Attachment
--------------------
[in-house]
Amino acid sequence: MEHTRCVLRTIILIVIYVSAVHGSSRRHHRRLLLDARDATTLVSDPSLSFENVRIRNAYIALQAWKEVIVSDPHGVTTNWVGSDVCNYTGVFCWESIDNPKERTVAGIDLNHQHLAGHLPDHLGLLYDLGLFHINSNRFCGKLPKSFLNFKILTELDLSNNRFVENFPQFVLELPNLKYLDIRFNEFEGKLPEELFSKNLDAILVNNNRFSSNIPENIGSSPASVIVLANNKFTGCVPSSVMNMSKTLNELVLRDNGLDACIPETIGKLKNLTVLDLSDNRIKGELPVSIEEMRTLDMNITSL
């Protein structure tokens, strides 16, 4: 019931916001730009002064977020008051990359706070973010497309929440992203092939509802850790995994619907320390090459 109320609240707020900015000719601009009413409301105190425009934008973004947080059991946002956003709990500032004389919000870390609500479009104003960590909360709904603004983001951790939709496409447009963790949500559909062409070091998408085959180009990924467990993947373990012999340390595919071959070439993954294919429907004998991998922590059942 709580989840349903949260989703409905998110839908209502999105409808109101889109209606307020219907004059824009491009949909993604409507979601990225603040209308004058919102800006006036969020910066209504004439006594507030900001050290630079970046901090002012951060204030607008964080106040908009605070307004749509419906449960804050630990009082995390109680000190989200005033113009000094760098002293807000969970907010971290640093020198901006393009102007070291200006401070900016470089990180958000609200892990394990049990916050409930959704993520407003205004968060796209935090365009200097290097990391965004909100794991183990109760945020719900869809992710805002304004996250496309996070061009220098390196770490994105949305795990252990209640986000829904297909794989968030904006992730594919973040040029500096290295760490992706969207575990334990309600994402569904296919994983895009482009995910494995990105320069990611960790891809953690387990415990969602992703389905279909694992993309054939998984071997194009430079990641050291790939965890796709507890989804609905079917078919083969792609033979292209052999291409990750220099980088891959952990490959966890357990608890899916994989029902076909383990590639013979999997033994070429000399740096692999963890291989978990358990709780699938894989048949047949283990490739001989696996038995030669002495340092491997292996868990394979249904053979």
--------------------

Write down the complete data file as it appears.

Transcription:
[in-house]
Amino acid sequence: MEHTRCVLRTIILIVIYVSAVHGSSRRHHRRLLLDARDATTLVSDPSLSFENVRIRNAYIALQAWKEVIVSDPHGVTTNWVGSDVCNYTGVFCWESIDNPKERTVAGIDLNHQHLAGHLPDHLGLLYDLGLFHINSNRFCGKLPKSFLNFKILTELDLSNNRFVENFPQFVLELPNLKYLDIRFNEFEGKLPEELFSKNLDAILVNNNRFSSNIPENIGSSPASVIVLANNKFTGCVPSSVMNMSKTLNELVLRDNGLDACIPETIGKLKNLTVLDLSDNRIKGELPVSIEEMRTLDMNITSL
């Protein structure tokens, strides 16, 4: 019931916001730009002064977020008051990359706070973010497309929440992203092939509802850790995994619907320390090459 109320609240707020900015000719601009009413409301105190425009934008973004947080059991946002956003709990500032004389919000870390609500479009104003960590909360709904603004983001951790939709496409447009963790949500559909062409070091998408085959180009990924467990993947373990012999340390595919071959070439993954294919429907004998991998922590059942 709580989840349903949260989703409905998110839908209502999105409808109101889109209606307020219907004059824009491009949909993604409507979601990225603040209308004058919102800006006036969020910066209504004439006594507030900001050290630079970046901090002012951060204030607008964080106040908009605070307004749509419906449960804050630990009082995390109680000190989200005033113009000094760098002293807000969970907010971290640093020198901006393009102007070291200006401070900016470089990180958000609200892990394990049990916050409930959704993520407003205004968060796209935090365009200097290097990391965004909100794991183990109760945020719900869809992710805002304004996250496309996070061009220098390196770490994105949305795990252990209640986000829904297909794989968030904006992730594919973040040029500096290295760490992706969207575990334990309600994402569904296919994983895009482009995910494995990105320069990611960790891809953690387990415990969602992703389905279909694992993309054939998984071997194009430079990641050291790939965890796709507890989804609905079917078919083969792609033979292209052999291409990750220099980088891959952990490959966890357990608890899916994989029902076909383990590639013979999997033994070429000399740096692999963890291989978990358990709780699938894989048949047949283990490739001989696996038995030669002495340092491997292996868990394979249904053979």